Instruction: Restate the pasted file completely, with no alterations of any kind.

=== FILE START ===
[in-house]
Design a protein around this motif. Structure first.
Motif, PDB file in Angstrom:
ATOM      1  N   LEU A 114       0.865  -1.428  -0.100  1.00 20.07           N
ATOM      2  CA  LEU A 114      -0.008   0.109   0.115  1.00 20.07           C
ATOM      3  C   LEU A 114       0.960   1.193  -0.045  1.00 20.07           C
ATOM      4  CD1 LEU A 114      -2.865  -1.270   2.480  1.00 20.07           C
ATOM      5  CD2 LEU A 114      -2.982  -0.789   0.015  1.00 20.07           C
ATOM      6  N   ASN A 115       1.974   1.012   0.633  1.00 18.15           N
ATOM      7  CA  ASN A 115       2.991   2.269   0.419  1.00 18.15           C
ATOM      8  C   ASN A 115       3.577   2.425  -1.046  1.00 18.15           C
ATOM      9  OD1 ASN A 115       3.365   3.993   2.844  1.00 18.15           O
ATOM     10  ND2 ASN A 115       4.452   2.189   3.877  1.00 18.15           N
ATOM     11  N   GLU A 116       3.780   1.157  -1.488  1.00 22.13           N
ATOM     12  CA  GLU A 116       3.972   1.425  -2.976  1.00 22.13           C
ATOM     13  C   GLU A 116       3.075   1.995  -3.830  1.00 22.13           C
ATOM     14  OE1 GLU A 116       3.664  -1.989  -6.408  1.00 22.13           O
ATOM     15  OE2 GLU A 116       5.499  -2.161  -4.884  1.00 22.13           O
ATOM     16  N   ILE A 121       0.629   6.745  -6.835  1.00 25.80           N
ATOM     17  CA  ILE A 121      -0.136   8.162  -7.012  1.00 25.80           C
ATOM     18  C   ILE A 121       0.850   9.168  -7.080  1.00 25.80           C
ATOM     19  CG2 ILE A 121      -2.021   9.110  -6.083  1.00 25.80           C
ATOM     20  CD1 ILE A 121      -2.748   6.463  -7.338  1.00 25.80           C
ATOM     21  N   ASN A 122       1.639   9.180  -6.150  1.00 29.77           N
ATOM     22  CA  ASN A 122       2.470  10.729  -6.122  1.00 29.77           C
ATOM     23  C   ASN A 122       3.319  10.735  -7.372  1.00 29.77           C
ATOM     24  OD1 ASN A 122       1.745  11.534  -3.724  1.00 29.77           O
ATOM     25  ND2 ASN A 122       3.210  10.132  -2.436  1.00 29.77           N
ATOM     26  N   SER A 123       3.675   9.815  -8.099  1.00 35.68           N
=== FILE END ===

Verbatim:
[in-house]
Design a protein around this motif. Structure first.
Motif, PDB file in Angstrom:
ATOM      1  N   LEU A 114       0.865  -1.428  -0.100  1.00 20.07           N
ATOM      2  CA  LEU A 114      -0.008   0.109   0.115  1.00 20.07           C
ATOM      3  C   LEU A 114       0.960   1.193  -0.045  1.00 20.07           C
ATOM      4  CD1 LEU A 114      -2.865  -1.270   2.480  1.00 20.07           C
ATOM      5  CD2 LEU A 114      -2.982  -0.789   0.015  1.00 20.07           C
ATOM      6  N   ASN A 115       1.974   1.012   0.633  1.00 18.15           N
ATOM      7  CA  ASN A 115       2.991   2.269   0.419  1.00 18.15           C
ATOM      8  C   ASN A 115       3.577   2.425  -1.046  1.00 18.15           C
ATOM      9  OD1 ASN A 115       3.365   3.993   2.844  1.00 18.15           O
ATOM     10  ND2 ASN A 115       4.452   2.189   3.877  1.00 18.15           N
ATOM     11  N   GLU A 116       3.780   1.157  -1.488  1.00 22.13           N
ATOM     12  CA  GLU A 116       3.972   1.425  -2.976  1.00 22.13           C
ATOM     13  C   GLU A 116       3.075   1.995  -3.830  1.00 22.13           C
ATOM     14  OE1 GLU A 116       3.664  -1.989  -6.408  1.00 22.13           O
ATOM     15  OE2 GLU A 116       5.499  -2.161  -4.884  1.00 22.13           O
ATOM     16  N   ILE A 121       0.629   6.745  -6.835  1.00 25.80           N
ATOM     17  CA  ILE A 121      -0.136   8.162  -7.012  1.00 25.80           C
ATOM     18  C   ILE A 121       0.850   9.168  -7.080  1.00 25.80           C
ATOM     19  CG2 ILE A 121      -2.021   9.110  -6.083  1.00 25.80           C
ATOM     20  CD1 ILE A 121      -2.748   6.463  -7.338  1.00 25.80           C
ATOM     21  N   ASN A 122       1.639   9.180  -6.150  1.00 29.77           N
ATOM     22  CA  ASN A 122       2.470  10.729  -6.122  1.00 29.77           C
ATOM     23  C   ASN A 122       3.319  10.735  -7.372  1.00 29.77           C
ATOM     24  OD1 ASN A 122       1.745  11.534  -3.724  1.00 29.77           O
ATOM     25  ND2 ASN A 122       3.210  10.132  -2.436  1.00 29.77           N
ATOM     26  N   SER A 123       3.675   9.815  -8.099  1.00 35.68           N